Low trading volume and limited volatility continued on Wednesday as binary options traders were expecting the U.S. Federal Reserve to announce the interest rate decision, publish the economic statement and host Chairman Powell’s press conference. Therefore, quite a tight schedule of economic events did not have the usual impact on currency pairs. The exception was the New Zealand dollar and Japanese yen after both countries released financial data - current account and adjusted trade balance, respectively. Both reports were mostly mixed, however, NZD/JPY was trading in the put mode. British Consumer Price Index was reportedly flat, while the Producer Price Index increased the inflationary pressure in the country, supporting the British Pound versus the Japanese Yen and Euro. GBP/USD was stuck in a tight trading range. In contrast, Canada released much stronger-than-expected CPI figures, and traders rushed to buy put options for GBP/CAD and USD/CAD. U.S. Crude Oil inventories dropped to -3.6 million barrels and WTI Crude oil price edged higher after good news from the largest consumption market. But the main event happened later. Although the Federal Open Market Committee left interest rates unchanged as it was widely anticipated, the economic statement was a real shock for USD bulls. Eight out of seventeen FOMC members voted for a rate cut after three months of staying pat and talking about the need of a rate hike. What’s more, binary options traders started pricing in two rate cuts this year. As a result, the market players rushed to buy call options for stocks, gold and oil, and put options for the U.S. dollar index.

Thursday’s price action was noticed in the same direction as Asian and European traders were absorbing news from the United States. The greenback was under heavy selling pressure on the back of anti-dollar flows as binary options traders were buying put options for the world’s reserve currency, taking into account enormous liquidity levels. The economic data was in favour of that scenario. New Zealand’s Gross Domestic Product showed robust growth in the second quarter of 2019, the Bank of Japan left interest rates unchanged, promising not to intervene in the nearest future, British Core Retail Sales improved in May. Another central bank surprised binary options traders this past week. The Bank of England stayed pat on the financial conditions with a unanimous vote, but the following rhetoric was quite hawkish as BoE Monetary Policy Committee underlined the need for a rate hike. The only concern holding the regulator from tightening is still the Brexit story, and once cleared, the regulator could start moving much faster than most analysts expect. Traders were buying call options for Sterling in a volatile trading session in London. U.S. Philadelphia Manufacturing Index worsened in May, confirming the Fed’s suggestion of slowing economy, and the greenback accelerated the bearish trade across the board.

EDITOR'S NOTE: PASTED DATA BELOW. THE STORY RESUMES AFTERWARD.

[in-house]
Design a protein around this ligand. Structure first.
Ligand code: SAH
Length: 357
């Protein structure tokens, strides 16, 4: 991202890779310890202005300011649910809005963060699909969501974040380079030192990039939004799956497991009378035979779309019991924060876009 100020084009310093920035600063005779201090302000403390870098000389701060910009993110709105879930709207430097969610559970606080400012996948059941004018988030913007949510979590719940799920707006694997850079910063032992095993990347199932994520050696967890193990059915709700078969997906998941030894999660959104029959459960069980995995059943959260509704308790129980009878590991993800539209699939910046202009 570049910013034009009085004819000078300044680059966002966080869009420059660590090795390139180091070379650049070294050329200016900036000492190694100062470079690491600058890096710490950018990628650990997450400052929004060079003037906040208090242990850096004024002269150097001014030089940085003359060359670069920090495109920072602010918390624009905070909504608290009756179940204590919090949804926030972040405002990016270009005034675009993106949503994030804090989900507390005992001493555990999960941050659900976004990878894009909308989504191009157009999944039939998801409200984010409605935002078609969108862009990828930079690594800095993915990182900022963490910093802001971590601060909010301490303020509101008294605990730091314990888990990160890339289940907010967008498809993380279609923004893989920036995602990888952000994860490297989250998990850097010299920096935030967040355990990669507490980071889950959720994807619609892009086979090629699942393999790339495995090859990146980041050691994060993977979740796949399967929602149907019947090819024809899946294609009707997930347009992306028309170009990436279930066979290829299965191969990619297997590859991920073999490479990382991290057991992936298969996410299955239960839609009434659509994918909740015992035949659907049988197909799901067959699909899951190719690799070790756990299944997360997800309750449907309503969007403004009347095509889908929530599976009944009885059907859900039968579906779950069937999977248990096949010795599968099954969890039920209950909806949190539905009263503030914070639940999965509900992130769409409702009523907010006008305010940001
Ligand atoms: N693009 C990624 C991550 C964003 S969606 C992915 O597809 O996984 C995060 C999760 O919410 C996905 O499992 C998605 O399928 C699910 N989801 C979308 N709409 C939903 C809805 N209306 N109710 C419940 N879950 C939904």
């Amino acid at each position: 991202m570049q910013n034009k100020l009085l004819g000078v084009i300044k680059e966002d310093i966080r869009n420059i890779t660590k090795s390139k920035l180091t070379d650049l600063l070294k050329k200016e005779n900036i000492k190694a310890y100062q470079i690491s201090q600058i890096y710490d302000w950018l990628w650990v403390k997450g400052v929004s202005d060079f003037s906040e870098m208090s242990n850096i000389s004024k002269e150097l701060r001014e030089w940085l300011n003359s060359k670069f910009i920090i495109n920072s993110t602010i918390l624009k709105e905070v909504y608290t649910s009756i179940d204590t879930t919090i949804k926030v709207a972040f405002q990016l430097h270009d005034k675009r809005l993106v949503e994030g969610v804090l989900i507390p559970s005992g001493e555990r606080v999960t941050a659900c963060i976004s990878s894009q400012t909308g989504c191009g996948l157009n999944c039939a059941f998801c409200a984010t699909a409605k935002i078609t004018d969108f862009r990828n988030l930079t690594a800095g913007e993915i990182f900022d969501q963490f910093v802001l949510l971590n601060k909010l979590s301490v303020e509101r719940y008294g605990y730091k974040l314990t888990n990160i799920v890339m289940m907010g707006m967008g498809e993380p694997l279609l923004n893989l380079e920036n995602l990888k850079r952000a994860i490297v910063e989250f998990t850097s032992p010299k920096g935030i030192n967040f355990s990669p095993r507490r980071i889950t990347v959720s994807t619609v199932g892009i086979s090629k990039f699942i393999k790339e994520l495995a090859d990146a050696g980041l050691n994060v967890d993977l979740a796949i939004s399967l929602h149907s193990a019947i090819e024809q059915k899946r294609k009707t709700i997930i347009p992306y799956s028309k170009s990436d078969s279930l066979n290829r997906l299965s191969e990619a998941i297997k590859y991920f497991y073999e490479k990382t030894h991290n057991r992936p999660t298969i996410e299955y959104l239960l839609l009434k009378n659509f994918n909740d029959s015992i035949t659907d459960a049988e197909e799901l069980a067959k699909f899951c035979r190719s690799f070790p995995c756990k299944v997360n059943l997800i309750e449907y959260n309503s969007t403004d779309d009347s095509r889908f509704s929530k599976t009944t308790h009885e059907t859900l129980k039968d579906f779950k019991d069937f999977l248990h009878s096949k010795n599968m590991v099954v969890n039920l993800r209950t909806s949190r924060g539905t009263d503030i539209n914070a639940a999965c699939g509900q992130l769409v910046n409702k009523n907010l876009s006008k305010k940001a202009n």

Friday was nothing but a logical continuation of the events that took place earlier in the week. European, French and German Manufacturing PMI jumped in May, supporting the demand for call options for EUR/USD, while the U.S. Manufacturing PMI dropped to almost 50 points, the level which divides the growth from stagnation. Gold price continued climbing to $1400 per ounce, the USD/CAD currency pair tested 1.3200 support, the U.S. dollar index fell another 0.46%. Rumours about a possible war between the U.S. and Iran lifted the price for WTI and Brent Crude, resulting in the bullish rally for almost 10% on a weekly basis.